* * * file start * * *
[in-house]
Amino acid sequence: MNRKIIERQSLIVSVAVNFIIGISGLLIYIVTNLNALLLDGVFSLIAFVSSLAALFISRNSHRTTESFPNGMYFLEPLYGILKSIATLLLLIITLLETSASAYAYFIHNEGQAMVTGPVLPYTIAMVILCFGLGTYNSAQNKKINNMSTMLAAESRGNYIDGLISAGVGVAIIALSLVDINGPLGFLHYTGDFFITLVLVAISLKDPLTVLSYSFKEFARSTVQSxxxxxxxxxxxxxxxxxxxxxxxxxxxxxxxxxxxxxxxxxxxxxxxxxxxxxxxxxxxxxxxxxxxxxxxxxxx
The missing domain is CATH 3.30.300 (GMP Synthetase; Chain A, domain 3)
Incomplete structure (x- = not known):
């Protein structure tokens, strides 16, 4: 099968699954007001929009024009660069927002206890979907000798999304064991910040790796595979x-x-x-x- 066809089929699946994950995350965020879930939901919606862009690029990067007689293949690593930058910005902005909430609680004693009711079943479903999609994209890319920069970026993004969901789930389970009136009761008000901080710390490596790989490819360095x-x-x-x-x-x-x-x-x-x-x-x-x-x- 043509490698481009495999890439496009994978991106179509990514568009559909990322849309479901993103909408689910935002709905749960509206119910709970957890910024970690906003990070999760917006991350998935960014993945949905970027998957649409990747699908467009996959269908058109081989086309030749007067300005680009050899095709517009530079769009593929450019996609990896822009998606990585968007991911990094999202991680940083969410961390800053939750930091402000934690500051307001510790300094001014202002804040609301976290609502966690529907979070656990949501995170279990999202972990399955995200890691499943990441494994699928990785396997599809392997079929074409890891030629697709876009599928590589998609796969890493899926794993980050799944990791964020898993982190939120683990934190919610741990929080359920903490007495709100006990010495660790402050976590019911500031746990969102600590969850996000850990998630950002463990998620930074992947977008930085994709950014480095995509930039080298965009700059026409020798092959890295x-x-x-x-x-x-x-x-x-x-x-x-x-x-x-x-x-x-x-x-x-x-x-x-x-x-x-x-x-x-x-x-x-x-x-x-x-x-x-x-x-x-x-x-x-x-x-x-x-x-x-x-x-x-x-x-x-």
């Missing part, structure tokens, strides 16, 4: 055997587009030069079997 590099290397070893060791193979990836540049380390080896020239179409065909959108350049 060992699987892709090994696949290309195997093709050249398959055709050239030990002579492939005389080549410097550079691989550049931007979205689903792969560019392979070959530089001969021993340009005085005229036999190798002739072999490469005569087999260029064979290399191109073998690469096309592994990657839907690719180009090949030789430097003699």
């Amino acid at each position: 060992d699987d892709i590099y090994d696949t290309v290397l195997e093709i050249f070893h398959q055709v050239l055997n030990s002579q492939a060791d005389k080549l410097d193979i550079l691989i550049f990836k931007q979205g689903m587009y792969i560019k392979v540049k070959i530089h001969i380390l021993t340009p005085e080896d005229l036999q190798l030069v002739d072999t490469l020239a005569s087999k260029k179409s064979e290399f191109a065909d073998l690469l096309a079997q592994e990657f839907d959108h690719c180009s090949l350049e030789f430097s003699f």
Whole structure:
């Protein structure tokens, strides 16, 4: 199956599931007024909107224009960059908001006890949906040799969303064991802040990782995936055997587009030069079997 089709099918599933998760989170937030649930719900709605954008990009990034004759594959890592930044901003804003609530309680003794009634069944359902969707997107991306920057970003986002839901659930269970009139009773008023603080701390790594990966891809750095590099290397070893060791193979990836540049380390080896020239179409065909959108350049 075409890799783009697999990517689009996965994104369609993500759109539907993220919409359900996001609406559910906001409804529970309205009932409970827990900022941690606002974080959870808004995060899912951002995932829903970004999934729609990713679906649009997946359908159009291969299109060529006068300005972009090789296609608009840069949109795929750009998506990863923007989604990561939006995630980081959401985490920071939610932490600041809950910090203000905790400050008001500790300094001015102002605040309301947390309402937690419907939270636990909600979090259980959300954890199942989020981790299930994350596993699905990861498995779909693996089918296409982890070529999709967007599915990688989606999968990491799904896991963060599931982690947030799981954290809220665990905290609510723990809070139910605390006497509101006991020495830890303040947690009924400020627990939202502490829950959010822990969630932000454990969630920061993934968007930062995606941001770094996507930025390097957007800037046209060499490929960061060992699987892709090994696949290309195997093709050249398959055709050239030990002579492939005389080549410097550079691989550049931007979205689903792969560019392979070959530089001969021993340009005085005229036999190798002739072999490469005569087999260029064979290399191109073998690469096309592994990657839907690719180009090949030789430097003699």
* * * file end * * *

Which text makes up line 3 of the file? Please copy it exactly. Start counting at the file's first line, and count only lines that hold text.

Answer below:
The missing domain is CATH 3.30.300 (GMP Synthetase; Chain A, domain 3)